Going to a For-Profit College Doesn’t Help at All When Looking for Job

I’m sure most people have seen this advertisement by now . I’m talking about Red Socks, the really rather charming commercial featuring a man going about his day before ending with his big job interview

While red socks are in general not quite appropriate job interview attire, we can forget about that for a minute. The marketing campaign suggests Phoenix graduates have entered some sort of exclusive fraternity that helps them get the job because now they’re in this select group. He’s in, because he went to the University of Phoenix, just the guy doing the hiring!

It doesn’t work like that at all.

This probably shouldn’t have come as much of a surprise at this point but it turns out when trying to get a job, it doesn’t really help much at all to go to a for-profit college.

According to an article by Alan Pyke at Think Progress:

The people lured in by that marketing end up deeper in debt than community college students but fare no better with hiring managers, according to a new study. In fact, for-profit graduates don’t even gain a job hunting advantage over applicants with no college experience at all.

The study results are based on a simple experiment that the authors believe is the first of its kind performed on for-profit schools. Researchers sent nearly 9,000 fake resumes in response to job postings in six different categories of work and compared the response rates their fake applicants got to see if a for-profit college degree would be worth more in the job market than an equivalent community college certification. Some of the fictional resumes listed no education beyond high school in order to evaluate the claim from for-profit supporters that the industry “draws some students into postsecondary schooling who otherwise would not have attended college at all” and should therefore be viewed as a useful bridge to economic mobility.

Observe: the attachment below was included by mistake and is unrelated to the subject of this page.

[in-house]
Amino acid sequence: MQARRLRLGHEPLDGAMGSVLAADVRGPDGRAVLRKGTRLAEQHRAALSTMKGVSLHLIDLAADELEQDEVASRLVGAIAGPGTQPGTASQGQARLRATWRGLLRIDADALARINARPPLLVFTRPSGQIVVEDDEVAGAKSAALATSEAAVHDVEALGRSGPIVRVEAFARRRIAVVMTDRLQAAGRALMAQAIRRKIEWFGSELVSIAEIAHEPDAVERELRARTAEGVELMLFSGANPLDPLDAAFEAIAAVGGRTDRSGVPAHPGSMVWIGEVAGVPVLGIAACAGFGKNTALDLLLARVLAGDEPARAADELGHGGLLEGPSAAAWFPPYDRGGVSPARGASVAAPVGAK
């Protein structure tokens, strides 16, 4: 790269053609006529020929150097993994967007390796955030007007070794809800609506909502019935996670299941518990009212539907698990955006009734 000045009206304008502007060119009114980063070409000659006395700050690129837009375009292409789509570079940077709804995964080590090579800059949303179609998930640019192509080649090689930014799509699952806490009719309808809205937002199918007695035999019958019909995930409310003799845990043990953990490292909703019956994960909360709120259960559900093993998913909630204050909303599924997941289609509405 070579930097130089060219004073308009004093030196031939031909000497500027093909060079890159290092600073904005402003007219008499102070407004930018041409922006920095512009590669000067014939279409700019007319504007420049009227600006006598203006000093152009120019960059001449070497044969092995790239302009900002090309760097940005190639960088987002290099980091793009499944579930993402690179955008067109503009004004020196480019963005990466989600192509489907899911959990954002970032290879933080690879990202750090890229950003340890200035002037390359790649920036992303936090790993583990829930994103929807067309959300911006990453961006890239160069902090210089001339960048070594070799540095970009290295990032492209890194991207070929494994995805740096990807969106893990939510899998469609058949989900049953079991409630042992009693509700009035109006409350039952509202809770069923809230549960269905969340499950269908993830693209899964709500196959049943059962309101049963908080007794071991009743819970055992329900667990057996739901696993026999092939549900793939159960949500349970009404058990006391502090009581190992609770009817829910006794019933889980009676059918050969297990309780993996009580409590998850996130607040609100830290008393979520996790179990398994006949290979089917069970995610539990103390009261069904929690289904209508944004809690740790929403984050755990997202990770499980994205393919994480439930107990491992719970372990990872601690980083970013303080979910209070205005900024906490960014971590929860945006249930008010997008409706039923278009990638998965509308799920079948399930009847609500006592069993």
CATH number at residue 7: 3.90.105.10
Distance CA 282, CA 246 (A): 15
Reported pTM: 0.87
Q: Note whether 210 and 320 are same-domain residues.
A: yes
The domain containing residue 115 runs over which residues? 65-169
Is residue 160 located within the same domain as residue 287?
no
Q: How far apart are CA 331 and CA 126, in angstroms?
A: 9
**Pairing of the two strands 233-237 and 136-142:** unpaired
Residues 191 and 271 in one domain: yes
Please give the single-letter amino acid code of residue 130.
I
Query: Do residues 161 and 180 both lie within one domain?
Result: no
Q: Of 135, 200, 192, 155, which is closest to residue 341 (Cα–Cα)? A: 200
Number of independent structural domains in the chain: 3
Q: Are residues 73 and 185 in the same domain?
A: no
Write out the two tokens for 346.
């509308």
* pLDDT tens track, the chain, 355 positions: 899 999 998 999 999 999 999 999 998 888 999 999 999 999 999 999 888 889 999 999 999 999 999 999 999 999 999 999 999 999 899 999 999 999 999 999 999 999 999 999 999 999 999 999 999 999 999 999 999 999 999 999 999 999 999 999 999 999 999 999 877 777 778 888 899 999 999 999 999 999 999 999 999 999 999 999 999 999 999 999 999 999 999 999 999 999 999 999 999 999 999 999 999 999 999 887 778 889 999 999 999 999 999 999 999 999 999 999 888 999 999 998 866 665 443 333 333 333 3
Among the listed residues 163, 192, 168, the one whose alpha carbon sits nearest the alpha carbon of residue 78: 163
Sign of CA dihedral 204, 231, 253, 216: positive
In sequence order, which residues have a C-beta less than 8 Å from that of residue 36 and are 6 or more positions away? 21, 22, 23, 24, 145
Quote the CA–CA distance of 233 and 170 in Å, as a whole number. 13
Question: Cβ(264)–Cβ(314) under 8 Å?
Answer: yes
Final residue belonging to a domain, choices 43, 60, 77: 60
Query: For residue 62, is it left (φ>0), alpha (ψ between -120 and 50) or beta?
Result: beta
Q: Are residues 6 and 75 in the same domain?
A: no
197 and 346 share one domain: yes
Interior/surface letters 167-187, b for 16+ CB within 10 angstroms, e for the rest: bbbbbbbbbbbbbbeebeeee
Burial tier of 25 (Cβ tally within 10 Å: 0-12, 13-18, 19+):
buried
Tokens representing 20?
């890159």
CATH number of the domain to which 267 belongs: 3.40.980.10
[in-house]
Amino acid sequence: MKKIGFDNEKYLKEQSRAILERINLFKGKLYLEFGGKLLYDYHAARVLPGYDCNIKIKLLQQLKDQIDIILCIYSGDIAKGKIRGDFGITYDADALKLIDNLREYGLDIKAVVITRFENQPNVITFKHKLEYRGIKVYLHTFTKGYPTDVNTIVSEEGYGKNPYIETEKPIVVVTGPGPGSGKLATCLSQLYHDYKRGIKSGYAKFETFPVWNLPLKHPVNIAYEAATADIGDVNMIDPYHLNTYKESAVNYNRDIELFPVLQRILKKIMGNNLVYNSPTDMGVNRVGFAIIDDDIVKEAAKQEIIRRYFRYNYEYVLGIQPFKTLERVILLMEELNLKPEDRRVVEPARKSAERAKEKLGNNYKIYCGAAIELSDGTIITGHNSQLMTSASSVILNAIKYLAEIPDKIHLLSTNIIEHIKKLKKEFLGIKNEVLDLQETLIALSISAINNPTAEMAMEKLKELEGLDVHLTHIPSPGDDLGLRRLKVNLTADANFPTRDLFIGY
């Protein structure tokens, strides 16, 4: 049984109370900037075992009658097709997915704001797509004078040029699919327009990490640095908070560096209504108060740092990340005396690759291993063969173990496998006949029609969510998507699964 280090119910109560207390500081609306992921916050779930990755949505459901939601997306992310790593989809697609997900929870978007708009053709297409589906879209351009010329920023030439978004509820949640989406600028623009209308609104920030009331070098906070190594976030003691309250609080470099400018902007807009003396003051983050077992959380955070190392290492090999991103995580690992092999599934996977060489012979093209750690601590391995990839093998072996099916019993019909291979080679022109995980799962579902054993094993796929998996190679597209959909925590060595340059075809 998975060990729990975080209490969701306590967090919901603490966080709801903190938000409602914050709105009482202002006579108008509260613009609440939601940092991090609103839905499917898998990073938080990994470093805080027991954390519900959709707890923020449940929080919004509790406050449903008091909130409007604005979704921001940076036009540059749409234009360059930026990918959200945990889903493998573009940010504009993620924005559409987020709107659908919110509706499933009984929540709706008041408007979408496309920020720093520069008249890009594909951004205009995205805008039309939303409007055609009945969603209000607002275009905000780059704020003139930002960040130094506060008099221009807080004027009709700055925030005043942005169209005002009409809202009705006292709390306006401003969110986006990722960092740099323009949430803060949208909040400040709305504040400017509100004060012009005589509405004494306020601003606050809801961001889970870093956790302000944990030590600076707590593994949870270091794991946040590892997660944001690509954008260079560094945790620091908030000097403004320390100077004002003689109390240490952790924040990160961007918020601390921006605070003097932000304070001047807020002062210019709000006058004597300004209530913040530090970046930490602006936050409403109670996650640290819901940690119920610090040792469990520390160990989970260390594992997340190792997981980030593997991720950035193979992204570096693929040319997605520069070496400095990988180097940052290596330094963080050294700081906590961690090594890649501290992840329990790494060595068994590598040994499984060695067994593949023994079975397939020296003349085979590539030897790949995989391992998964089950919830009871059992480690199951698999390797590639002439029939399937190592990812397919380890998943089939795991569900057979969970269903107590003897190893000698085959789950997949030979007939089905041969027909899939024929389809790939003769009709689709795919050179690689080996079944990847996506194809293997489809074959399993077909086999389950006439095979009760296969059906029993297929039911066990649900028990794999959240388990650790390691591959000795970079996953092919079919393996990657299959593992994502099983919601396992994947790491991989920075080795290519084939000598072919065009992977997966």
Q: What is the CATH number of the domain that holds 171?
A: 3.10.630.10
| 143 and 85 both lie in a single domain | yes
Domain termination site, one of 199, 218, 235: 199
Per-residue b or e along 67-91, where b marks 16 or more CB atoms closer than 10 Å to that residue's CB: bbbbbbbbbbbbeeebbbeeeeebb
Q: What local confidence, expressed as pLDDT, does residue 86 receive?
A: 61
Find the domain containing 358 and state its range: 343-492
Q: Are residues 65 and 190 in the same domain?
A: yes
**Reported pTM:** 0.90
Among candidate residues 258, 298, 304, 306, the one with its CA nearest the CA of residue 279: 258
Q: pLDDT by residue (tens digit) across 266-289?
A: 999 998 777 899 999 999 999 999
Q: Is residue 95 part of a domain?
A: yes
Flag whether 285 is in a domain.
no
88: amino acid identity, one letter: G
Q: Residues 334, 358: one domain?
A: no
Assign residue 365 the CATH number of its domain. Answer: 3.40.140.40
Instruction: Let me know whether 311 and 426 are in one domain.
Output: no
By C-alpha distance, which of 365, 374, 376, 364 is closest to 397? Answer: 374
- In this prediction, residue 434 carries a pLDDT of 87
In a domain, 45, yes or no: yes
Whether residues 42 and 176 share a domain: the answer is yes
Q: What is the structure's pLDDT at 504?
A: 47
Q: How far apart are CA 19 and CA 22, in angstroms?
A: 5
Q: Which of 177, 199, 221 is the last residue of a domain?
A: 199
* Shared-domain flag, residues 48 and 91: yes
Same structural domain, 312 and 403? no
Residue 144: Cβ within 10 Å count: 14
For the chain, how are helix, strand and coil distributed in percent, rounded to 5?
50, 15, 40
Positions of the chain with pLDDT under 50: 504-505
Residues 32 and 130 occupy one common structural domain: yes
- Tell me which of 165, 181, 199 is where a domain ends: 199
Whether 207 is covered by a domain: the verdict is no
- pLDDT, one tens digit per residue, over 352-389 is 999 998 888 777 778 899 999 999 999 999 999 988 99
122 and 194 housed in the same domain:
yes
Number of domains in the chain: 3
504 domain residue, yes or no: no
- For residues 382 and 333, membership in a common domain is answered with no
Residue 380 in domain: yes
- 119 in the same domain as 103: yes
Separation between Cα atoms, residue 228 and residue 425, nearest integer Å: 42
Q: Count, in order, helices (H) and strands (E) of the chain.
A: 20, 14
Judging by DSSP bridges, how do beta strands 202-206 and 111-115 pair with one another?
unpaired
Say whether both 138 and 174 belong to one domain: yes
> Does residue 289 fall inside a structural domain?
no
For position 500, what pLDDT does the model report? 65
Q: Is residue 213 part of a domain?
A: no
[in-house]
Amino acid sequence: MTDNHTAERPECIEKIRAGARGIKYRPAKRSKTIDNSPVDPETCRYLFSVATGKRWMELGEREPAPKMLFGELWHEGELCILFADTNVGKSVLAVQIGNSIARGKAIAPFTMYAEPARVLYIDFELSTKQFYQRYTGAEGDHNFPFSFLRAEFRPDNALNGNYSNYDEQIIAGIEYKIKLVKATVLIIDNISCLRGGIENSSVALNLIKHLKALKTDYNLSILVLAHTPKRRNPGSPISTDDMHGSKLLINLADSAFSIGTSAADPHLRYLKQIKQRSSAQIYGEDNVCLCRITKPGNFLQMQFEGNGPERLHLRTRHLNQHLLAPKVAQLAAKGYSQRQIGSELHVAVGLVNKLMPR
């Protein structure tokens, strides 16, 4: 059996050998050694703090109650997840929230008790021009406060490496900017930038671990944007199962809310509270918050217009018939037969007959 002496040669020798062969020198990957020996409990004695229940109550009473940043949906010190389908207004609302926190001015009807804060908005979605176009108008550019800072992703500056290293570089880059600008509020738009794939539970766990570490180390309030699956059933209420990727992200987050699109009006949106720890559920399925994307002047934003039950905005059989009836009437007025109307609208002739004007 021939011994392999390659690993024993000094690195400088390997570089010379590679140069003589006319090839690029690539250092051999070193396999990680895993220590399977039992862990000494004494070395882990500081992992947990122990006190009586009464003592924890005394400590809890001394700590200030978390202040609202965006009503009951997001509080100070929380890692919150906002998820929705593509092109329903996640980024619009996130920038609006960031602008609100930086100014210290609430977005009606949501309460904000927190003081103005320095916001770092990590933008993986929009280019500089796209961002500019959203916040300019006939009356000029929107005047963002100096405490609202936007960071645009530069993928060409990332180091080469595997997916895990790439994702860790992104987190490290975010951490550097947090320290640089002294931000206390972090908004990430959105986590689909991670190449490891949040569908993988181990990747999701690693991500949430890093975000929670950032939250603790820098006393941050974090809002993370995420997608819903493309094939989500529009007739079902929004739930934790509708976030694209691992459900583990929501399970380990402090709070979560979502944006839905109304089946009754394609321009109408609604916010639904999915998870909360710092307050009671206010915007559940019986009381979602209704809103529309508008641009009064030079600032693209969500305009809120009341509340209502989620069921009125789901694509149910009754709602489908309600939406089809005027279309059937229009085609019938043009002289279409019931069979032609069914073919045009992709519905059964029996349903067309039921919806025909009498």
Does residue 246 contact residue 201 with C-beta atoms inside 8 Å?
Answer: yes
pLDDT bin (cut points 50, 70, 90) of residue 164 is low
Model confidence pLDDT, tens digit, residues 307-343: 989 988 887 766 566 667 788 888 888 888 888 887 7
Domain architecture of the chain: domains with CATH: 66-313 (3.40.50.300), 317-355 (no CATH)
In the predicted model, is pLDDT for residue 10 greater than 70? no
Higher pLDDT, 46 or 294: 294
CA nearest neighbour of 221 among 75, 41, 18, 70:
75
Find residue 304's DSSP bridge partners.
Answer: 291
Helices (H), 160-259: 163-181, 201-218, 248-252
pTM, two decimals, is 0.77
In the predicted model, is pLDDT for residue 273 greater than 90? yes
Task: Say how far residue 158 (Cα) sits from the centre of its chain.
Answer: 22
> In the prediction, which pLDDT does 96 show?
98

What researchers found was that the for-profit degree didn’t help at all relative to a community college degree. “For-profit resumes got a response 11.3 percent of the time and an interview request 4.7 percent of the time, compared to 11.6 percent and 5.3 percent respectively for community college degrees.”

This isn’t that surprising. But what’s really interesting is this: According to Pyke:

“We also find little evidence of a benefit to listing a for-profit college relative to no college at all,” the authors write. That means that someone who spent $35,000 on a two-year associates degree — the average cost for-profit schools charge — has the same odds of getting a call back from a job they wanted as someone who spent zero dollars on college.

They might as well just have skipped the whole thing altogether.

Read more about the study here.

It does stand to reason that the red-socked applicant might do rather well in the hiring process if the person making the decision also went to the same school he did (no matter which one it was). But the reality is that someone who went to a for-profit college probably wouldn’t be called in for an interview at all. And the person making a hiring decision for a good professional job almost certainly wouldn’t have gone to a for-profit college.

Daniel Luzer

Daniel Luzer is the news editor at Governing Magazine and former web editor of the Washington Monthly. Find him on Twitter: @Daniel_Luzer